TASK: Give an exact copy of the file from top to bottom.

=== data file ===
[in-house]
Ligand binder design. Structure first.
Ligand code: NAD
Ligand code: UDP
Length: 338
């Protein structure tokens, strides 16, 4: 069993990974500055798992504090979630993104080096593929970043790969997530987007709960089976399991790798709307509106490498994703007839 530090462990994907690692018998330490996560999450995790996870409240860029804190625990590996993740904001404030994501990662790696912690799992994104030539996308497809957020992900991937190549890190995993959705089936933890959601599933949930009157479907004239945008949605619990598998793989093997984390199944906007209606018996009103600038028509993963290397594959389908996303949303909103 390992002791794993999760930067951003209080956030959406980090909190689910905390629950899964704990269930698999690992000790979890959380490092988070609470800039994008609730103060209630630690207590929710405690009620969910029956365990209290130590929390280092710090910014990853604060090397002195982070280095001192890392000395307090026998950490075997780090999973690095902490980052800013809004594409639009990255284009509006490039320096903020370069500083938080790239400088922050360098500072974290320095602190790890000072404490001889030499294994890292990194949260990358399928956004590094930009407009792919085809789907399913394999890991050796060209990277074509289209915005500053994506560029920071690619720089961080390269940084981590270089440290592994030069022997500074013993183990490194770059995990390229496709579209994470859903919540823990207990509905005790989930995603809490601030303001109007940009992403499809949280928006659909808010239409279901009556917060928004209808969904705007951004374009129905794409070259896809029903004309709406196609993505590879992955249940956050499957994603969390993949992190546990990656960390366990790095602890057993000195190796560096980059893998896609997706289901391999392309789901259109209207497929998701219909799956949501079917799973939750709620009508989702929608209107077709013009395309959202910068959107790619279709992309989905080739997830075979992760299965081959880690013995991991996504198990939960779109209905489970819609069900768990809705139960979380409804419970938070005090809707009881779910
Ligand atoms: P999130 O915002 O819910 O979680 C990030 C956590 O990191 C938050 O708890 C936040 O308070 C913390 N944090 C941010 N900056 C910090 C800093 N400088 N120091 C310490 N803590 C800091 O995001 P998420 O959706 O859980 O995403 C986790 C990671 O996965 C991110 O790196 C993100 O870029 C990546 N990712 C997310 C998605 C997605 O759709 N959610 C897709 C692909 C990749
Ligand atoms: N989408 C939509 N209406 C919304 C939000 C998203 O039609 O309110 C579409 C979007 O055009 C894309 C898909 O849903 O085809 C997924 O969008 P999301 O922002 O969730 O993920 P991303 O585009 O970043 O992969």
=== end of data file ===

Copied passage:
[in-house]
Ligand binder design. Structure first.
Ligand code: NAD
Ligand code: UDP
Length: 338
């Protein structure tokens, strides 16, 4: 069993990974500055798992504090979630993104080096593929970043790969997530987007709960089976399991790798709307509106490498994703007839 530090462990994907690692018998330490996560999450995790996870409240860029804190625990590996993740904001404030994501990662790696912690799992994104030539996308497809957020992900991937190549890190995993959705089936933890959601599933949930009157479907004239945008949605619990598998793989093997984390199944906007209606018996009103600038028509993963290397594959389908996303949303909103 390992002791794993999760930067951003209080956030959406980090909190689910905390629950899964704990269930698999690992000790979890959380490092988070609470800039994008609730103060209630630690207590929710405690009620969910029956365990209290130590929390280092710090910014990853604060090397002195982070280095001192890392000395307090026998950490075997780090999973690095902490980052800013809004594409639009990255284009509006490039320096903020370069500083938080790239400088922050360098500072974290320095602190790890000072404490001889030499294994890292990194949260990358399928956004590094930009407009792919085809789907399913394999890991050796060209990277074509289209915005500053994506560029920071690619720089961080390269940084981590270089440290592994030069022997500074013993183990490194770059995990390229496709579209994470859903919540823990207990509905005790989930995603809490601030303001109007940009992403499809949280928006659909808010239409279901009556917060928004209808969904705007951004374009129905794409070259896809029903004309709406196609993505590879992955249940956050499957994603969390993949992190546990990656960390366990790095602890057993000195190796560096980059893998896609997706289901391999392309789901259109209207497929998701219909799956949501079917799973939750709620009508989702929608209107077709013009395309959202910068959107790619279709992309989905080739997830075979992760299965081959880690013995991991996504198990939960779109209905489970819609069900768990809705139960979380409804419970938070005090809707009881779910
Ligand atoms: P999130 O915002 O819910 O979680 C990030 C956590 O990191 C938050 O708890 C936040 O308070 C913390 N944090 C941010 N900056 C910090 C800093 N400088 N120091 C310490 N803590 C800091 O995001 P998420 O959706 O859980 O995403 C986790 C990671 O996965 C991110 O790196 C993100 O870029 C990546 N990712 C997310 C998605 C997605 O759709 N959610 C897709 C692909 C990749
Ligand atoms: N989408 C939509 N209406 C919304 C939000 C998203 O039609 O309110 C579409 C979007 O055009 C894309 C898909 O849903 O085809 C997924 O969008 P999301 O922002 O969730 O993920 P991303 O585009 O970043 O992969």